Copyright © 2022 Albuquerque Journal
Has your employment been affected by the wildfires ravaging New Mexico?
The state on Monday announced that disaster unemployment assistance is now available to help.
“This is an extremely trying time for thousands of our neighbors who are impacted by wildfires,” said Ricky Serna, acting cabinet secretary for the New Mexico Department of Workforce Solutions. “Disaster unemployment assistance is one of several measures that Governor Lujan Grisham is deploying to help eligible New Mexicans’ recovery and return to their communities.”
The announcement comes on the same day the Calf Canyon/Hermits Peak Fire became the largest wildfire in the state’s history, surpassing 298,000 acres as of Monday morning. It also comes two weeks after President Joe Biden declared that a major disaster exists in New Mexico, allowing federal funds to aid individuals affected in the state.
Disaster unemployment assistance applications are only accepted by phone at 1-877-664-6984 or in-person at any New Mexico Workforce Connection Center across the state, and at various evacuation shelters, including the Juan Gonzales Agriculture Center in Taos, the old Memorial Middle School in Las Vegas, New Mexico, and the Glorieta Camp.
Stacy Johnston, a public information officer for NMDWS, says people looking to apply for assistance first need to apply for state benefits. If they are deemed ineligible, they can then apply for disaster unemployment assistance.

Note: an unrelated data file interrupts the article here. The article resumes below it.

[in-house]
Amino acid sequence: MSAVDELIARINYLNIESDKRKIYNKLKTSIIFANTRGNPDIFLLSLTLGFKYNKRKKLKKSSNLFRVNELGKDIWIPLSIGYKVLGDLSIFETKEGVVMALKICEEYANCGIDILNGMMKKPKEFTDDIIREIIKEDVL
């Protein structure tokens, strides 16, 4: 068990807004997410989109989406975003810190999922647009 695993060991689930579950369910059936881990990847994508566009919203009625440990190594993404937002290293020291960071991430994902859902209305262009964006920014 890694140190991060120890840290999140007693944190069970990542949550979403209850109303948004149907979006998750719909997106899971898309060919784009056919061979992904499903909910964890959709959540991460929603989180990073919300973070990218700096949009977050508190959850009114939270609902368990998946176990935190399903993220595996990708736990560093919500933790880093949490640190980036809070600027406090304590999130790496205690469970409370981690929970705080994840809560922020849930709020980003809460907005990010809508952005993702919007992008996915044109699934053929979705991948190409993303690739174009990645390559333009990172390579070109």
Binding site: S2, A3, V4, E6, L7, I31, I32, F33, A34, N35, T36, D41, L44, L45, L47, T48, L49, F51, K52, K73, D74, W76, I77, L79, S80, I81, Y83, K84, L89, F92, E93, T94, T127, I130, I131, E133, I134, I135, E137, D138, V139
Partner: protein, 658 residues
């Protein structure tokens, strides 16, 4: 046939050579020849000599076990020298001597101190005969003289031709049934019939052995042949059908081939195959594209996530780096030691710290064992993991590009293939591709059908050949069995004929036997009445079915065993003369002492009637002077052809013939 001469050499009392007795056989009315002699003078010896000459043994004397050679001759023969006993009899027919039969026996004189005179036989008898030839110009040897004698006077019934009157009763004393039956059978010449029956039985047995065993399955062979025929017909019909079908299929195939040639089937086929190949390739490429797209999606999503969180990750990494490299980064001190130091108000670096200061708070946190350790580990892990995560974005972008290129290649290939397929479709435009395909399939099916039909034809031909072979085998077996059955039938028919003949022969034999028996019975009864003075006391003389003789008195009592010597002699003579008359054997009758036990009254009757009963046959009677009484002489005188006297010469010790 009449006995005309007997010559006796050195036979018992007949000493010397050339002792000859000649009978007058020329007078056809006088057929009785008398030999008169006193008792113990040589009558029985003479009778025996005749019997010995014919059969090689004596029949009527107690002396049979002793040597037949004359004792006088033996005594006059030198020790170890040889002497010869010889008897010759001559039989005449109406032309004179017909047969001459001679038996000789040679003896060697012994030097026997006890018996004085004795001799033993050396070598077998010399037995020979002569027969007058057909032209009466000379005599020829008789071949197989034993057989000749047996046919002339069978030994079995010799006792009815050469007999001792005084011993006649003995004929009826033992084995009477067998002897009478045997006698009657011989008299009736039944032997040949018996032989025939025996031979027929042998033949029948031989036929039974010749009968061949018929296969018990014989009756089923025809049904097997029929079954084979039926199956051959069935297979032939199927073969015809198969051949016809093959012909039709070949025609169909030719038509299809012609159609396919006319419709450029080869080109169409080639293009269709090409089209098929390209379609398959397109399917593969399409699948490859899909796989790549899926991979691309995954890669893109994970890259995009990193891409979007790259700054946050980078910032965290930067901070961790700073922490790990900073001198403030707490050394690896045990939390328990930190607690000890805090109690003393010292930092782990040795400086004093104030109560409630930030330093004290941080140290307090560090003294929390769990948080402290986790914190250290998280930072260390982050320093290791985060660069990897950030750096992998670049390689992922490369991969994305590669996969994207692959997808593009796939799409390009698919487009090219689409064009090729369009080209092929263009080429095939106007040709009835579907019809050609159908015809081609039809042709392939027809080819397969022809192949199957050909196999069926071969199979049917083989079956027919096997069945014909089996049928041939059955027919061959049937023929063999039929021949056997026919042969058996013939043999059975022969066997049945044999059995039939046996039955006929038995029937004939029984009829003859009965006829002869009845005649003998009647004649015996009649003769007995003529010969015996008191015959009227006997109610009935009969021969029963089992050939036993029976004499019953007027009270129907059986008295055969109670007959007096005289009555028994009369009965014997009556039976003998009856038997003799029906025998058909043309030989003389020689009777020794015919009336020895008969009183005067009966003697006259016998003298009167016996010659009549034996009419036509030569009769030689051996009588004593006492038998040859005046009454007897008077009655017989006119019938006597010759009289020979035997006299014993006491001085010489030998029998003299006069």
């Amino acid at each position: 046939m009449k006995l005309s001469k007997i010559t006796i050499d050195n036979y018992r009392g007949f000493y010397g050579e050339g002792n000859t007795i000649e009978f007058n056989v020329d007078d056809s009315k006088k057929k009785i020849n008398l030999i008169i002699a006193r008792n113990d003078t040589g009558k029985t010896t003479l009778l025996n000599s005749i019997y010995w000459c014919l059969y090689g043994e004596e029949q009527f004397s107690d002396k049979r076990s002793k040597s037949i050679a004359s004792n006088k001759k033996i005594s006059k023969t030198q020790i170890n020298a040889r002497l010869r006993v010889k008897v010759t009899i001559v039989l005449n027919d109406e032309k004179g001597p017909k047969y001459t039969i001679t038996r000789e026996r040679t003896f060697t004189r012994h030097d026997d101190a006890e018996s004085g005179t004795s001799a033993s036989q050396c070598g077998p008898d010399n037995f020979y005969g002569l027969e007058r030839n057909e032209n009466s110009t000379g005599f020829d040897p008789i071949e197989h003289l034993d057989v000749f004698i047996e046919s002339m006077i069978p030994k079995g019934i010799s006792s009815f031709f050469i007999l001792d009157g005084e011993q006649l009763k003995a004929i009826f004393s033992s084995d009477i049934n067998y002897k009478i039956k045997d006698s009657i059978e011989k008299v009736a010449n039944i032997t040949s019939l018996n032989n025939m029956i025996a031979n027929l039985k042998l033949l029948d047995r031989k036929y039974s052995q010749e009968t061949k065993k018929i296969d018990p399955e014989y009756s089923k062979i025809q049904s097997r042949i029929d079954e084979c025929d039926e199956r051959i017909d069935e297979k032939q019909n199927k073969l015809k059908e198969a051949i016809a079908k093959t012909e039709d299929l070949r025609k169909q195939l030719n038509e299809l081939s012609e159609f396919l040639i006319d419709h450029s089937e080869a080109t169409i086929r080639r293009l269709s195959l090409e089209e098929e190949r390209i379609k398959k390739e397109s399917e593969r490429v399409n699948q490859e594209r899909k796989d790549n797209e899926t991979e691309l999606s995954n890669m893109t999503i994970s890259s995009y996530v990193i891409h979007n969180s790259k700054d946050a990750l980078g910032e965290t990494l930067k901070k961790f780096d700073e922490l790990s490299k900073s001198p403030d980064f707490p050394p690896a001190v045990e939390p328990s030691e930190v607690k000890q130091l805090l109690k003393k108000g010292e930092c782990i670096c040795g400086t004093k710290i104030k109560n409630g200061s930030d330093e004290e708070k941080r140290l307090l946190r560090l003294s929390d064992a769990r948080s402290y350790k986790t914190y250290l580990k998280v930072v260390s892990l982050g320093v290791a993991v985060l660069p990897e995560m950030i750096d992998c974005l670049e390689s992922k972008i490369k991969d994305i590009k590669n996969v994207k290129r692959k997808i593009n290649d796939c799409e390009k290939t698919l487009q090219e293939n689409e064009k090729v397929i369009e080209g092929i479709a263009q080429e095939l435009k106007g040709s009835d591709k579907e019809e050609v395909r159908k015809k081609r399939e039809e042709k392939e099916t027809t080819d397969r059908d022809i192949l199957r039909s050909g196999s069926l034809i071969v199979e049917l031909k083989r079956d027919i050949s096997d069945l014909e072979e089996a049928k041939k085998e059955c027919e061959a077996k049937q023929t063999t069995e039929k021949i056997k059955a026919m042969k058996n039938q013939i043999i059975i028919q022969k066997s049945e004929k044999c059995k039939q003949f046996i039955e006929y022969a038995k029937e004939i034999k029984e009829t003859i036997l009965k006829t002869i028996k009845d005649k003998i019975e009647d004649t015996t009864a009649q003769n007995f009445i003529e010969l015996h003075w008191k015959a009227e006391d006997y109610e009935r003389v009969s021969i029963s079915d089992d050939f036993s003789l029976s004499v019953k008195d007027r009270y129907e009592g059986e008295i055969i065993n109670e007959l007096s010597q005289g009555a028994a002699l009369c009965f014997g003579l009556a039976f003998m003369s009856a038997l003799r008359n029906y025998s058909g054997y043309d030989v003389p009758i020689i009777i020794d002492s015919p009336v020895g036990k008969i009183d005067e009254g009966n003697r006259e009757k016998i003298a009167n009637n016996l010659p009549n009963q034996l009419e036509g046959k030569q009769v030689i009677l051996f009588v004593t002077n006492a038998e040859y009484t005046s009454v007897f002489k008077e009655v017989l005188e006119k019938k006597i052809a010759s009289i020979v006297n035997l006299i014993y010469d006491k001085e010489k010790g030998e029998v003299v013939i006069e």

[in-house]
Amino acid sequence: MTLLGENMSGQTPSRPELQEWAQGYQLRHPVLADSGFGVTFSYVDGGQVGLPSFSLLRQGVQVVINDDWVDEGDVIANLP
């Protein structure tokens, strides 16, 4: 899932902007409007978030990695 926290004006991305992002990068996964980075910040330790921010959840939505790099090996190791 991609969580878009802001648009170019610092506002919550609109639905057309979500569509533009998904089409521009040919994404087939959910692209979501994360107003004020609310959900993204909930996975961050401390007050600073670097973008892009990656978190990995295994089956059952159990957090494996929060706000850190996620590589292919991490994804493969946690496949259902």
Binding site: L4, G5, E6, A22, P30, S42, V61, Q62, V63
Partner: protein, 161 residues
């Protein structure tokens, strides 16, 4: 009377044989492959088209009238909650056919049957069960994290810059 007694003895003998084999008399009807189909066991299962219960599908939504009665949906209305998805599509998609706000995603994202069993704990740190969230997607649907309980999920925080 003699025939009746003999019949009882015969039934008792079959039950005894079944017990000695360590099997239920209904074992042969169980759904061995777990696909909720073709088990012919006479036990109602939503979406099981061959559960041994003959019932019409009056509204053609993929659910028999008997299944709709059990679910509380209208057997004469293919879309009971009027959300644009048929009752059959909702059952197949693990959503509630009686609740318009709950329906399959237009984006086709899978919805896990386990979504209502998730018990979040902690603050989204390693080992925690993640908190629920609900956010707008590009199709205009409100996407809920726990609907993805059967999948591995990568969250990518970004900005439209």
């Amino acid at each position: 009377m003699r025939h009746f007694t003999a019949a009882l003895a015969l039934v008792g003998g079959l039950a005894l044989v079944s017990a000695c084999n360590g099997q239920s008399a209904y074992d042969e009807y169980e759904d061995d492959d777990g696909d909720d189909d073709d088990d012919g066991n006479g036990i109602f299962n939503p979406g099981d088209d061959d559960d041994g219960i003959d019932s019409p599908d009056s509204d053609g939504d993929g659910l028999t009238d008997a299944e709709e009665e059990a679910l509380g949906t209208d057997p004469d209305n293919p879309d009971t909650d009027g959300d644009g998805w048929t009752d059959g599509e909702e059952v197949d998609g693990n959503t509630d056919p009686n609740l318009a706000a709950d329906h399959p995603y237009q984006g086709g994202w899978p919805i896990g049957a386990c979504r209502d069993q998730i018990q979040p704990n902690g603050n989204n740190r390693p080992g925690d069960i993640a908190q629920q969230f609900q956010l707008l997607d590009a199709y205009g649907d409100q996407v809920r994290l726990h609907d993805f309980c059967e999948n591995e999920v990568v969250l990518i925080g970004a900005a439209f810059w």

Assistance is available for weeks of unemployment beginning April 10 through Nov. 5, according to a news release. The deadline to apply is June 15.
Those who may be eligible include:
• People who work or are self-employed and do not qualify for regular unemployment or extended benefits from any state.
• New Mexicans unable to reach their job or self-employment location because they have to travel through an affected area.
• People who can no longer work because of physical damage to their place of employment caused by the disaster.
• Those who cannot access their place of employment due to closure by federal, state or local governments.
• People who cannot work because of an injury as a result of the disaster.
• Those who became the “breadwinner or major support” of a household that has been affected by the disaster.
The state says proof of employment or self-employment needs to be submitted no later than 21 days after filing for assistance.
Proof of employment includes a written statement from an employer; an earnings statement with the employer’s name, address and contact information; a payroll voucher or check stub “closest in date to the last work week;” and business records such as bank statements, business receipts, invoices or financial statements.
Johnston told the Journal the assistance consists of weekly benefit payments “that are computed based on the prior tax year as established through tax records submitted to the department for verification,” adding that, “If earnings records are not available, but eligibility is otherwise established, DUA claimants will be calculated as the minimum weekly benefit allowable under the federal regulations.”
State officials are also urging those affected by wildfires to apply for FEMA individual assistance at disasterassistance.gov.